There are many people who suffer with pain involving some area of the head. Toothaches can cause pain, but these are mostly avoidable with proper diet, home care and regular visits to your dentist. Teeth can also play an indirect role in facial/head pain.
Orofacial pain includes a number of clinical problems involving the chewing (masticatory) muscles and/or temporomandibular joints (TMJs). Problems can include TMJ discomfort involving muscle spasms in the head, neck, shoulders and/or jaw, migraines or other types of tension headaches, pain with the teeth, face or jaw; and can even play a role in anxiety and/or depression.
You swallow approximately 2,000 times per day, which causes the upper and lower teeth to come together and push against the skull. People who have an unstable bite, missing teeth, or poorly aligned teeth can have trouble because the muscles work harder to bring the teeth together, causing strain. People with seemingly good teeth/bite are also susceptible. Pain can also be caused by clenching or grinding teeth, trauma to the head and neck, or poor ergonomics. Temporomandibular disorders (TMD) affect more than 10 million Americans. Your TMJ’s are located where the skull connects your lower jaw to the muscles on the sides of your head and face controlling the joint’s movements. Women between the ages of 20 and 40 are often more frequent sufferers because of the added estrogen in their bodies.
One in eight Americans suffers from headaches. Experts estimate that 80 percent of all headaches are caused by muscle tension, which may be related to the bite. Clenching the jaw muscles creates tension in the muscles that close the jaw, the main one of which is the temporalis muscle. Signs that may indicate a headache from dental origin include: pain behind the eyes, sore jaw muscles or “tired” muscles upon awaking, teeth grinding, clicking or popping of the jaw joints, head and/or scalp is painful to the touch, earaches or ringing, neck and/or shoulder pain, and dizziness. Keep in mind that in a 24-hour period of time, your teeth should only touch 10 minutes total. If you clench or grind your teeth, your teeth are touching much more than that and I can promise you that something in the masticatory system is being affected.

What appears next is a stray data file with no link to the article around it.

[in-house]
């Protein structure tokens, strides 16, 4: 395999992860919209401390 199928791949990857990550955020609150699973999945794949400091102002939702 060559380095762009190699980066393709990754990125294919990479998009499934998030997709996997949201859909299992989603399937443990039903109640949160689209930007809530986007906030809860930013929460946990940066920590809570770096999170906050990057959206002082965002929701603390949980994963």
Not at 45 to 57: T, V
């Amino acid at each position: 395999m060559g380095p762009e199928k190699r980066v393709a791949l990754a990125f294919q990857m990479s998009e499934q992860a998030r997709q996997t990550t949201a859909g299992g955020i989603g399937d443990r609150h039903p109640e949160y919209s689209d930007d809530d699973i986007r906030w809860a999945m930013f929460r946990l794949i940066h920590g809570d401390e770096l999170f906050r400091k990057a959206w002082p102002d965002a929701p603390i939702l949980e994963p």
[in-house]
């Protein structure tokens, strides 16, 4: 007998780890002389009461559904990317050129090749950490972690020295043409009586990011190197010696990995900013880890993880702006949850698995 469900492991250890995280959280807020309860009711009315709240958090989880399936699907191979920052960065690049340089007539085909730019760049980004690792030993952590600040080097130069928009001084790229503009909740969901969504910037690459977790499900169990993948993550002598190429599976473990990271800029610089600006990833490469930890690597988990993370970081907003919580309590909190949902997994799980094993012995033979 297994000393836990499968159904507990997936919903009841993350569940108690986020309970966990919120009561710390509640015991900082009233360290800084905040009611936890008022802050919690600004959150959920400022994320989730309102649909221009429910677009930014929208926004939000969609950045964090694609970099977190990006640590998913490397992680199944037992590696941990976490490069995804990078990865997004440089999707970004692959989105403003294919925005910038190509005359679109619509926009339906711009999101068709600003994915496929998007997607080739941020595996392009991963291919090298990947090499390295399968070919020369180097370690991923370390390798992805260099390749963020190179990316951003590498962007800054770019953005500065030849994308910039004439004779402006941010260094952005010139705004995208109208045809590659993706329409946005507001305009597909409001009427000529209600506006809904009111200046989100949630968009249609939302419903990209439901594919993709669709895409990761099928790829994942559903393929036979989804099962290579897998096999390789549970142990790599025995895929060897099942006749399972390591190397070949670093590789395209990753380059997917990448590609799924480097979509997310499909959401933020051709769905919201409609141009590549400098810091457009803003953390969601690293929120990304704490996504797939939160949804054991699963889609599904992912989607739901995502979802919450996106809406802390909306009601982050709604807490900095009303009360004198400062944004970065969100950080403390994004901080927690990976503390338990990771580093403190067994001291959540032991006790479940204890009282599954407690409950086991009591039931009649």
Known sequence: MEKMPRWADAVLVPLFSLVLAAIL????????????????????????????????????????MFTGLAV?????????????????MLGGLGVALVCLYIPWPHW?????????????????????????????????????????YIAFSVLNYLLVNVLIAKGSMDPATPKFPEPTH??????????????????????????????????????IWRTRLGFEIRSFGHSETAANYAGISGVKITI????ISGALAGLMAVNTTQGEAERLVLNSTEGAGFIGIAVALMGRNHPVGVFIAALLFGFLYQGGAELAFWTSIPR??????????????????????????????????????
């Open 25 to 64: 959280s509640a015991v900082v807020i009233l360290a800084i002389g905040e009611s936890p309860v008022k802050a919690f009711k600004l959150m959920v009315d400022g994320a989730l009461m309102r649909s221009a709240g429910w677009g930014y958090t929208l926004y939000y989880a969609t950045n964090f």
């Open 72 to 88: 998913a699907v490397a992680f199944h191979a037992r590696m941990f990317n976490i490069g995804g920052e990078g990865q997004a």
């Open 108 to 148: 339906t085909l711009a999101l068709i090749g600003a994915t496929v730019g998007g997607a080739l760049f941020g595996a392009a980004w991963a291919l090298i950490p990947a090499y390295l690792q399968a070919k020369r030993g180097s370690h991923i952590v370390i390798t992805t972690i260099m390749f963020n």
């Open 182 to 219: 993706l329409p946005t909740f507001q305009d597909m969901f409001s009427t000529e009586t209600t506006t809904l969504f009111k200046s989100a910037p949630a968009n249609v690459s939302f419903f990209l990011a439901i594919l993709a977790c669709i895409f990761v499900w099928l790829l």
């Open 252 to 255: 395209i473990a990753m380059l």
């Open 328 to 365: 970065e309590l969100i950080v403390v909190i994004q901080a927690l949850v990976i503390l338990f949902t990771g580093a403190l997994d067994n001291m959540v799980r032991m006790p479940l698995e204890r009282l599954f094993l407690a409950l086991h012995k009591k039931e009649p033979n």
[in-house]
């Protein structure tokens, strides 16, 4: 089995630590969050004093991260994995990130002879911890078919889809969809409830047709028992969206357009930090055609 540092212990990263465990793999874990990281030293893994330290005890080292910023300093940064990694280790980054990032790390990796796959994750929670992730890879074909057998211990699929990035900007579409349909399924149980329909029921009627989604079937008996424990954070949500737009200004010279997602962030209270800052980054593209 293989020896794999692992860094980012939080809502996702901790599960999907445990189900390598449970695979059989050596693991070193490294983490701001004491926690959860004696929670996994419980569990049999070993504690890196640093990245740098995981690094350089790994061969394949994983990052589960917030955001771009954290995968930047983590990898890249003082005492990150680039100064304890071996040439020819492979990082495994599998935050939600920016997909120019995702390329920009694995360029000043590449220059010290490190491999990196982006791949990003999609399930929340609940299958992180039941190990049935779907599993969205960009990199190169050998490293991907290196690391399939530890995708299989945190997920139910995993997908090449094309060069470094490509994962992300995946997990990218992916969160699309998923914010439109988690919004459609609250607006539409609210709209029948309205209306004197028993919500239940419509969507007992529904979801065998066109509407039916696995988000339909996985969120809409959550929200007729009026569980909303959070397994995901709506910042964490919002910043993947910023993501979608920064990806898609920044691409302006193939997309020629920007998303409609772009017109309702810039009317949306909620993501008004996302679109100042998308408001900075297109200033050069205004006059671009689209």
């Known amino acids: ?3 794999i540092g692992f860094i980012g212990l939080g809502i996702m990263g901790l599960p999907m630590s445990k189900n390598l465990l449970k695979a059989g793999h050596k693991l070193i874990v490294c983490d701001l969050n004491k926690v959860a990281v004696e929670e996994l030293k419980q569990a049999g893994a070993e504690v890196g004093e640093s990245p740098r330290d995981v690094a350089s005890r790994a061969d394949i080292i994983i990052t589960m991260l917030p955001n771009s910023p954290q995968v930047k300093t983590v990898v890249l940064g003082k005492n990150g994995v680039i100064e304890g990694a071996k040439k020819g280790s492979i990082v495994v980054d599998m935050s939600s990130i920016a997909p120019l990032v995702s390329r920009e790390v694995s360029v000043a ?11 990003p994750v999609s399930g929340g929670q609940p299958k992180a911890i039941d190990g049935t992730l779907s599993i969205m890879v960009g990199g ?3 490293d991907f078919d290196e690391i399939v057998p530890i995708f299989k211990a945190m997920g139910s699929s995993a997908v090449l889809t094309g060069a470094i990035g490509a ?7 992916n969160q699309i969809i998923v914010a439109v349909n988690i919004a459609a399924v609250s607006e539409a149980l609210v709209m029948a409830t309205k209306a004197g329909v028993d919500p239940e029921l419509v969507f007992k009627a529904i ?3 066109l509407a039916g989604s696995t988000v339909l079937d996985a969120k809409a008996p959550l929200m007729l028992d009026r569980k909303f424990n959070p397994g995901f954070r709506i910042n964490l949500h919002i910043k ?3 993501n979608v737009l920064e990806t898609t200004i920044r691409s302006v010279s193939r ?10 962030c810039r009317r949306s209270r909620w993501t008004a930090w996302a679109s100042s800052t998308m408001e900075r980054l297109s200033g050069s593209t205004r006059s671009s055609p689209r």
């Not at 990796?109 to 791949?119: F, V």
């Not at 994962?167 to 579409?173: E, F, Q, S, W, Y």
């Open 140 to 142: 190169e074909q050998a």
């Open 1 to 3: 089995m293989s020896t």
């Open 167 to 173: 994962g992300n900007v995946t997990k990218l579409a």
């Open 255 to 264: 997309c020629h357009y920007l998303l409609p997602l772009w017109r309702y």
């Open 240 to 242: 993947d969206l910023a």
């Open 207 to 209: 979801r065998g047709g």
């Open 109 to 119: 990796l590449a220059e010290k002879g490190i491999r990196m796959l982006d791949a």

Sleep disorders can also play a role. I am not just talking about sleep apnea. There are a wide range of sleep disorders and some of them will cause people to clench and/or grind as a defense mechanism of the body to achieve proper air flow.
Dentists have a variety of ways to help relieve orofacial symptoms. One way to treat these problems is called an orthotic, or splint, that is worn over the teeth to help stabilize the bite; kind of like an orthotic some wear in their shoes for alignment and balance when standing. Permanent correction may require equilibration (reshaping teeth), prosthetic dentistry and/ or orthodontics. Many use a splint on a daily basis to avoid having these other treatments done.
Orofacial pain can range from tolerable to debilitating. Maintaining or correcting your bite ensures optimal health, and proper care will help reduce or eliminate orofacial pain or discomfort. If your dentist can not help you, ask for a referral.
Most important lesson of the day: The optimal rest position of the jaw (minus the 10 minutes the teeth touch in 24 hours) is lips together, teeth slightly apart, the tip of the tongue resting just behind your upper front teeth, and you should be breathing through your nose.
Dr. St. Clair maintains a private dental practice in Rowley and Newburyport dedicated to health-centered family dentistry. He has a special interest in treating snoring, sleep apnea and TMJ problems. If there are certain topics you would like to see written about or questions you have, please email them to him at firstname.lastname@example.org